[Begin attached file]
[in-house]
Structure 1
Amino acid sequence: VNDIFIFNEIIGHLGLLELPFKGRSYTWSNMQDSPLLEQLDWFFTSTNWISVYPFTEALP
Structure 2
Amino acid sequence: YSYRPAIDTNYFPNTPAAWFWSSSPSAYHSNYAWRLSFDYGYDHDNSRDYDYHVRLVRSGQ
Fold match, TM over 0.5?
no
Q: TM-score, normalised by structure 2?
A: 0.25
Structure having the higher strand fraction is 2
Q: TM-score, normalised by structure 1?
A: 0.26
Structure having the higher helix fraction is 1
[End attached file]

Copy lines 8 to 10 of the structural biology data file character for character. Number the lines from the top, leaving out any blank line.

Q: TM-score, normalised by structure 2?
A: 0.25
Structure having the higher strand fraction is 2